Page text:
Astronomer Jill Tarter, director of the SETI Institute, stopped by Big Think today to talk about the question she's spent her career trying to answer: Is there intelligent life on other planets? It's something we could discover tomorrow, or never at all. As Tarter says, that first signal that something's out there would mean everything. In science, a single example could be unique; but if we found out that there's one other form of life out there, the implications of additional lives are limitless. Tarter and her team at SETI are waiting for the day that a signal is detected; they even have champagne on ice in all of their labs.
What would we do if we detected a signal? That's where the hard part begins. Deciding what message to send back, and who to put forth as the representative of Earth will surely be complicated. In the end, once earthlings found out that there was something out there, millions of people would send their own signals, and the messages we'll end up emitting would be cacophony.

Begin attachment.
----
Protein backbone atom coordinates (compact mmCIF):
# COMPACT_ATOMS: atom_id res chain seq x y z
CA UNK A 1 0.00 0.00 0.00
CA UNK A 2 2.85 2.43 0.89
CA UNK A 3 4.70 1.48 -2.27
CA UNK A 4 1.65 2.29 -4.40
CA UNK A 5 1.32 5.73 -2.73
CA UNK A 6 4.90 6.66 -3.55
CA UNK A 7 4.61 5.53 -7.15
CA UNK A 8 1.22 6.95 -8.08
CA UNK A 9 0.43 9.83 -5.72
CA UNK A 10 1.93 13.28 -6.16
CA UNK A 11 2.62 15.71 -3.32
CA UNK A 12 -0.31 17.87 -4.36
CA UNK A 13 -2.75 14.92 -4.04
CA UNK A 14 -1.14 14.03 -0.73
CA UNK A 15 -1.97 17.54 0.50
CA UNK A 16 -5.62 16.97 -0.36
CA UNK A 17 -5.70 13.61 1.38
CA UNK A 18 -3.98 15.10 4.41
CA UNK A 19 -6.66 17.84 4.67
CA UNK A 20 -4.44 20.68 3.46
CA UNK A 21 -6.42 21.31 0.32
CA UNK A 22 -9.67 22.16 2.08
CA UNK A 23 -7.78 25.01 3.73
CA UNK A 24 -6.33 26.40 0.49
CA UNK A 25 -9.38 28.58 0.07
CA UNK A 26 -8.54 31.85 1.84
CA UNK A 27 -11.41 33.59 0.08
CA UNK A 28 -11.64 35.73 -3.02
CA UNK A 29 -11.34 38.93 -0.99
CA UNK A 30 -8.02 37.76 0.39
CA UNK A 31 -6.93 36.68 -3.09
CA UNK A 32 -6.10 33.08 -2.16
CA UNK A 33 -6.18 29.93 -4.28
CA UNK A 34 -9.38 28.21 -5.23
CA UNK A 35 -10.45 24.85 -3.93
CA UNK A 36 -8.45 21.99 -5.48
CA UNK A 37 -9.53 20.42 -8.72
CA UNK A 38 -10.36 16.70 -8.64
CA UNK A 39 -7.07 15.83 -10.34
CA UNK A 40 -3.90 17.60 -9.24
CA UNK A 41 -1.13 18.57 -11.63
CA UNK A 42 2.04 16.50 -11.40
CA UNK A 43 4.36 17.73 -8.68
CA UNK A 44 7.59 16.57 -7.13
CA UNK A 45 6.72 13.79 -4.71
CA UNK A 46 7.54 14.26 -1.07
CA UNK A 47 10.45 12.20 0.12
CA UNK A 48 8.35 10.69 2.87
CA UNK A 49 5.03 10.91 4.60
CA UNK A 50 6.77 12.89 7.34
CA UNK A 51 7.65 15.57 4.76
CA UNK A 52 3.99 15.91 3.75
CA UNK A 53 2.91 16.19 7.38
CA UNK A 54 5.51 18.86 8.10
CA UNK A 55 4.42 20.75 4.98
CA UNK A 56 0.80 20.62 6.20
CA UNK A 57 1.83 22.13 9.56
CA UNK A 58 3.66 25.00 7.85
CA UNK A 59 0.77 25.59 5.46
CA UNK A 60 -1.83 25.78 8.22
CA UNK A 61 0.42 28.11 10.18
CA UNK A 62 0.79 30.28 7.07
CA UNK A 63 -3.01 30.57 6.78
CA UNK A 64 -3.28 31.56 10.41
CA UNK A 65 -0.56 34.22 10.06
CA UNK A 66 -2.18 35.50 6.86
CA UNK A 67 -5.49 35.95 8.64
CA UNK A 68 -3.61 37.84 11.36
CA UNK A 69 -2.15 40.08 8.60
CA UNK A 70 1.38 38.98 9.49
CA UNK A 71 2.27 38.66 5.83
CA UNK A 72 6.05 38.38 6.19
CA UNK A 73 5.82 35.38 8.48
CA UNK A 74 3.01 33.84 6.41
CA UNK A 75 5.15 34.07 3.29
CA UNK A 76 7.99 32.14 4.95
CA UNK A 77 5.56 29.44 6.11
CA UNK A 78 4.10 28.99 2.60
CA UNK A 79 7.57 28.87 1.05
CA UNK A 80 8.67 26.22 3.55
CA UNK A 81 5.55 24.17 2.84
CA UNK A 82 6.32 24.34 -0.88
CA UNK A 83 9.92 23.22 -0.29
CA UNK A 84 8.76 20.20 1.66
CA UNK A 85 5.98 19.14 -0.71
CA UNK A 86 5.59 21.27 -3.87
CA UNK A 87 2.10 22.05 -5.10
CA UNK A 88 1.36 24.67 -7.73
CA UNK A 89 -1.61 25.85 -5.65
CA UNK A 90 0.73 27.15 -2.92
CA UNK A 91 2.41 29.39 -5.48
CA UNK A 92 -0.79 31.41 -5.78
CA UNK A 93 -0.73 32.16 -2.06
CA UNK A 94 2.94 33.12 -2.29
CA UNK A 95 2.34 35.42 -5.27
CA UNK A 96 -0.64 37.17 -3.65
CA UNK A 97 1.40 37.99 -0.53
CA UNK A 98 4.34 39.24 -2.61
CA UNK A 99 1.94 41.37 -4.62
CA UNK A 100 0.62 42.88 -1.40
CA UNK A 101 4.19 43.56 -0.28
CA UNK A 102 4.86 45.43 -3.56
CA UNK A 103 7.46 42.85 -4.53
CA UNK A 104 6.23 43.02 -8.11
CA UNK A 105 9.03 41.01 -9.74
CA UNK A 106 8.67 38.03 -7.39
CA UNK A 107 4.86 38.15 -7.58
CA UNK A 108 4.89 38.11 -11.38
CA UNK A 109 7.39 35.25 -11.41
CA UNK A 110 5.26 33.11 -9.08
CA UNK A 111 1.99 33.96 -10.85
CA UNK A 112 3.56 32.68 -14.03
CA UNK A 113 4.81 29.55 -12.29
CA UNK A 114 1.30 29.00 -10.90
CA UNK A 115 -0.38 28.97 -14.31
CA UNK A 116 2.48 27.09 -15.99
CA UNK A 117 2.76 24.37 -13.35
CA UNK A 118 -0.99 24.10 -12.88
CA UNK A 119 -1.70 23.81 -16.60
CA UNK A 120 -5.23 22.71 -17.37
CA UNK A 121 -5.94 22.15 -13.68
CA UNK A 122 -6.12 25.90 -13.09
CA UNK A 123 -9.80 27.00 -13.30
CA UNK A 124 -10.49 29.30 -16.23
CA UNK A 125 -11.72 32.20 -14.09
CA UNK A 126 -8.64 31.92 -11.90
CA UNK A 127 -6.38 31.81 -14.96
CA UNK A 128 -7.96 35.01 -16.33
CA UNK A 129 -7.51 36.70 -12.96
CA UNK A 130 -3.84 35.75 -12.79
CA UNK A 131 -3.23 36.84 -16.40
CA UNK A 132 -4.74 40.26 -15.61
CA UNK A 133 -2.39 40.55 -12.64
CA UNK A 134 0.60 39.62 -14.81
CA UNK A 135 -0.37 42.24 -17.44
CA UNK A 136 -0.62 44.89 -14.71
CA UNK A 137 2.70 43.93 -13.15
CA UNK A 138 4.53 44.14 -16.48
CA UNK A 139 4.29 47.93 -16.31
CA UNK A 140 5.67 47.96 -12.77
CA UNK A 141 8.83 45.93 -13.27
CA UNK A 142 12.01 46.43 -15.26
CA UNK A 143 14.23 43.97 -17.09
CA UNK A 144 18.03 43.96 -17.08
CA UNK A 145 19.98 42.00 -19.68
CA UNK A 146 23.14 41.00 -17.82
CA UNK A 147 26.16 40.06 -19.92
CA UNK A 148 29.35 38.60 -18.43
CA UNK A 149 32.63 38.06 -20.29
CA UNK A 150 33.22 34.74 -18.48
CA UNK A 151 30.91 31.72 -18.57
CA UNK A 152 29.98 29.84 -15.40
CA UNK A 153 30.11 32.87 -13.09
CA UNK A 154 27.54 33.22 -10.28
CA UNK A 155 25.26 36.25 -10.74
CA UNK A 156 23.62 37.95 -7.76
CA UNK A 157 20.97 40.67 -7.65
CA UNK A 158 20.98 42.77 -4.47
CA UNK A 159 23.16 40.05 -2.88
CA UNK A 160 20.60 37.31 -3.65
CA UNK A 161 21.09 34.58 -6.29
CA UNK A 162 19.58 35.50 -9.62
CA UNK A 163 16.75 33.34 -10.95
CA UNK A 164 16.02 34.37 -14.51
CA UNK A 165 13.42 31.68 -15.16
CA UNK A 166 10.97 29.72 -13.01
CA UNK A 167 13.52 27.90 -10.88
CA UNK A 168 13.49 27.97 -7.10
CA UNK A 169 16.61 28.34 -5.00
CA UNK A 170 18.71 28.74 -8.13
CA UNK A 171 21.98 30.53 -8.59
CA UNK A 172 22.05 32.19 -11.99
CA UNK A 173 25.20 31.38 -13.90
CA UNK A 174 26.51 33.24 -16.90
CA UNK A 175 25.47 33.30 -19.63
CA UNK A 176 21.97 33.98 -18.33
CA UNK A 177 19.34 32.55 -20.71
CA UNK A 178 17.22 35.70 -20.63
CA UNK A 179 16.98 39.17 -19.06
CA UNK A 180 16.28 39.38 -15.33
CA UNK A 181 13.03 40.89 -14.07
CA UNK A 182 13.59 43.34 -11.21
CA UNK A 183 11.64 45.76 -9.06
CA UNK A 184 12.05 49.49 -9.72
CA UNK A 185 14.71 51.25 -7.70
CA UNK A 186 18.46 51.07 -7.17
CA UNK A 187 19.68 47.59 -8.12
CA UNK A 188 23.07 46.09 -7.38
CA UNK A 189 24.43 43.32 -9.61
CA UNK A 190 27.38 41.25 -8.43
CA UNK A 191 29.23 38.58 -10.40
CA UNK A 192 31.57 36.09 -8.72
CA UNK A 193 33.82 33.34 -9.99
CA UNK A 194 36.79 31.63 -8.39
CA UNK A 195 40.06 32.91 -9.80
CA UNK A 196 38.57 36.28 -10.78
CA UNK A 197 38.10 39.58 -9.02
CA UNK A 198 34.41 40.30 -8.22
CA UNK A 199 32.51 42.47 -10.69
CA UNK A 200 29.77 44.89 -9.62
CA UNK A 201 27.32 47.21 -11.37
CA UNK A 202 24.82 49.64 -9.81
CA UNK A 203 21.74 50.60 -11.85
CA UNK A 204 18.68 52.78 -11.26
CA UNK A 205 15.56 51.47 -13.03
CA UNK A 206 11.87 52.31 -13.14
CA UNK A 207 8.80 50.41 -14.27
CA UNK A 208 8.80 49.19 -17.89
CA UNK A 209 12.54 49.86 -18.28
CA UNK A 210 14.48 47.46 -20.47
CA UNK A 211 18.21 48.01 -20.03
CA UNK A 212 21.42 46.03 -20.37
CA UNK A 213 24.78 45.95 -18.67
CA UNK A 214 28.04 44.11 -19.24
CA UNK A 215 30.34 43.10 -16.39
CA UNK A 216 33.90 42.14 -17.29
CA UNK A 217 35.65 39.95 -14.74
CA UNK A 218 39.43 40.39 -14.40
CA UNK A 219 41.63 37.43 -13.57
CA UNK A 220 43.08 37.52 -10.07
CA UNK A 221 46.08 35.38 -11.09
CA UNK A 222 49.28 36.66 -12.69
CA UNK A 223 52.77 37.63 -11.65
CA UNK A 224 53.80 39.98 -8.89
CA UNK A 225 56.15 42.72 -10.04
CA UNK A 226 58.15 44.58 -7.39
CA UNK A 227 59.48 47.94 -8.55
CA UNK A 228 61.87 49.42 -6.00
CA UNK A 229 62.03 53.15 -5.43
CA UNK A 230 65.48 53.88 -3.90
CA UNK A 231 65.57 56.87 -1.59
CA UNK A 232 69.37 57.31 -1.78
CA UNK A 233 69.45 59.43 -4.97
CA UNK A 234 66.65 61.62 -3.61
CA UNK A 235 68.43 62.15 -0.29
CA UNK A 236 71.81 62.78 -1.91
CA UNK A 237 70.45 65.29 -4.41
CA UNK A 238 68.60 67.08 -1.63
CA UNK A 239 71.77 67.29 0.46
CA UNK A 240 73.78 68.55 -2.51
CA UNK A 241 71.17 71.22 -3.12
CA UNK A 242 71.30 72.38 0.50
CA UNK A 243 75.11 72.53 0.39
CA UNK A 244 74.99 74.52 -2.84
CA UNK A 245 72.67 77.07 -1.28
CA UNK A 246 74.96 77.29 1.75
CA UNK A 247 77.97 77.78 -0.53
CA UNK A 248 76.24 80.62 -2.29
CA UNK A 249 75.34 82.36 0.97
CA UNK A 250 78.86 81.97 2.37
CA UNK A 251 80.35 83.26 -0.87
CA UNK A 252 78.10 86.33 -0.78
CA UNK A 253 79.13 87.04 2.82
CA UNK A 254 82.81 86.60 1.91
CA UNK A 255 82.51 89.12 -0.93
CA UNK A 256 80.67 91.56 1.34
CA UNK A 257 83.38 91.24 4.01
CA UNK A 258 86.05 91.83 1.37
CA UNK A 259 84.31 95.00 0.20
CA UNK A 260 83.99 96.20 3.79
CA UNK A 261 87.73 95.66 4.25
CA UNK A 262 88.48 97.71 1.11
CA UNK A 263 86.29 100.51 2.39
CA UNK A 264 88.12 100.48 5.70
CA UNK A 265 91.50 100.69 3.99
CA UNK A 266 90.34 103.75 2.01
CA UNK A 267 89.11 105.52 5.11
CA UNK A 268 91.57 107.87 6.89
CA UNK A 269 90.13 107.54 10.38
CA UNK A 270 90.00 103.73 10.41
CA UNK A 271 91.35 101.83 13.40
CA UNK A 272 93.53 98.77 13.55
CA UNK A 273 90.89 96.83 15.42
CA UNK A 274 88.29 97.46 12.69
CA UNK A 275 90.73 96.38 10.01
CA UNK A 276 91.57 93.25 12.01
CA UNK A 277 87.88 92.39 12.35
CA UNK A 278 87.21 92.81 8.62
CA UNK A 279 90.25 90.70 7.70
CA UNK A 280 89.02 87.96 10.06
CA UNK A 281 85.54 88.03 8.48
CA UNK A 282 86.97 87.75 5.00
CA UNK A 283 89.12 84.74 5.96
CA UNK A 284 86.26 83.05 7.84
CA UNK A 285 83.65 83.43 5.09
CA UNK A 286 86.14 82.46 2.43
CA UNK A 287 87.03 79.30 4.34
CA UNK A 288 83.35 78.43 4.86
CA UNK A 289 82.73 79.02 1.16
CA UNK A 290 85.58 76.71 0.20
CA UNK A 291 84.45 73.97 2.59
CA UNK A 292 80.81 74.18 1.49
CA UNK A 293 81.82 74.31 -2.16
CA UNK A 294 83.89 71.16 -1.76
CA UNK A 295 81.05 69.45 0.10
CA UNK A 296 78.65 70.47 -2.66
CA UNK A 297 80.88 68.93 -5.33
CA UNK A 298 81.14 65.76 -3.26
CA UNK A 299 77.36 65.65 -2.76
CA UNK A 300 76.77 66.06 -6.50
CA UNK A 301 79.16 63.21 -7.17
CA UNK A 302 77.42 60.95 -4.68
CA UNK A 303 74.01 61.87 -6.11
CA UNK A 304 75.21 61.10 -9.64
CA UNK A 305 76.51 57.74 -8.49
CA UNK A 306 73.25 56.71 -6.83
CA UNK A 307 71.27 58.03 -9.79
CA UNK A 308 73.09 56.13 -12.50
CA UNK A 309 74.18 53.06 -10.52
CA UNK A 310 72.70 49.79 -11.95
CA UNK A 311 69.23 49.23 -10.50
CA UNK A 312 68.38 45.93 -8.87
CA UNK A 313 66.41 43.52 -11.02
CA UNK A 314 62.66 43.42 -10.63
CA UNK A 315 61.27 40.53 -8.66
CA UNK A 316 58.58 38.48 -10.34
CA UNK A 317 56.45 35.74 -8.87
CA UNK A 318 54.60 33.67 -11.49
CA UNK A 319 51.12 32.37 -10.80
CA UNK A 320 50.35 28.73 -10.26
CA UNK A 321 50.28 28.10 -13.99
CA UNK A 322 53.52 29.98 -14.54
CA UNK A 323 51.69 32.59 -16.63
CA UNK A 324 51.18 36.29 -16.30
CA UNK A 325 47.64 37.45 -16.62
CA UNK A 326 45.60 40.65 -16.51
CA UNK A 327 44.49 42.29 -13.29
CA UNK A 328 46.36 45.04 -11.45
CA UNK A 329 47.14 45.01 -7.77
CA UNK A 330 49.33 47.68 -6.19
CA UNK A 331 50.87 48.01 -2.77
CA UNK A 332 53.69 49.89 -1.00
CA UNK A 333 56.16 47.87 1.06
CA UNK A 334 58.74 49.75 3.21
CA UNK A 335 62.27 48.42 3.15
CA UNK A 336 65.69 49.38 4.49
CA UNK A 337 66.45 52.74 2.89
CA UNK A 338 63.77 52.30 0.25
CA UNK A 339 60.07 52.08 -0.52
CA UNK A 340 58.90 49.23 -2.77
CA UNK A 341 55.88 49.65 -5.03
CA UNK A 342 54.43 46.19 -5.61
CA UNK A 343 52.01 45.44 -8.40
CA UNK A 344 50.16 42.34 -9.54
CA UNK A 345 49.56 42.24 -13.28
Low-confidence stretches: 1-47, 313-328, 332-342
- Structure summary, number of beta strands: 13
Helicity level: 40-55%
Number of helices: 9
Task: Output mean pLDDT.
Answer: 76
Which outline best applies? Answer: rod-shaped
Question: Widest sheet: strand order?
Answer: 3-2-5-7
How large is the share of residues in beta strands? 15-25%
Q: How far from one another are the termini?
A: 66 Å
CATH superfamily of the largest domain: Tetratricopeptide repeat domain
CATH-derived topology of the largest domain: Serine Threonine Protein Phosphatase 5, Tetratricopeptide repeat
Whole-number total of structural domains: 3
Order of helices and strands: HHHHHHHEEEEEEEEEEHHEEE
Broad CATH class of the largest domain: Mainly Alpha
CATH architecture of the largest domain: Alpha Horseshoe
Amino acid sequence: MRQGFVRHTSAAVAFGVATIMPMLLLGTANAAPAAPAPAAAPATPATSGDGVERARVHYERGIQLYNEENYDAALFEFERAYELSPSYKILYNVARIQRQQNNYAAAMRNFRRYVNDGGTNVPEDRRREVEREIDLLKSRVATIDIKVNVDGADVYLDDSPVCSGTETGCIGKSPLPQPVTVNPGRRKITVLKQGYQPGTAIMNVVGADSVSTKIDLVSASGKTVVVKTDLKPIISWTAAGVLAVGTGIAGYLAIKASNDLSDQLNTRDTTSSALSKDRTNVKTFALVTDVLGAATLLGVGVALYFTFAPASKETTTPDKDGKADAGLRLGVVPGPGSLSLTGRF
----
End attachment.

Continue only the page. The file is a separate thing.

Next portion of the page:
Recent Big Think interviewee Paul Davies
, a cosmologist and astrobiologist, tackled similar questions, worrying that anyone might send signals purporting to be a spokesman for mankind
. He said that if we are sending messages to the stars then there needs to be a great deal of thought behind what we say, and deciding that "should involve the entire not only scientific
community, but the entire world community."
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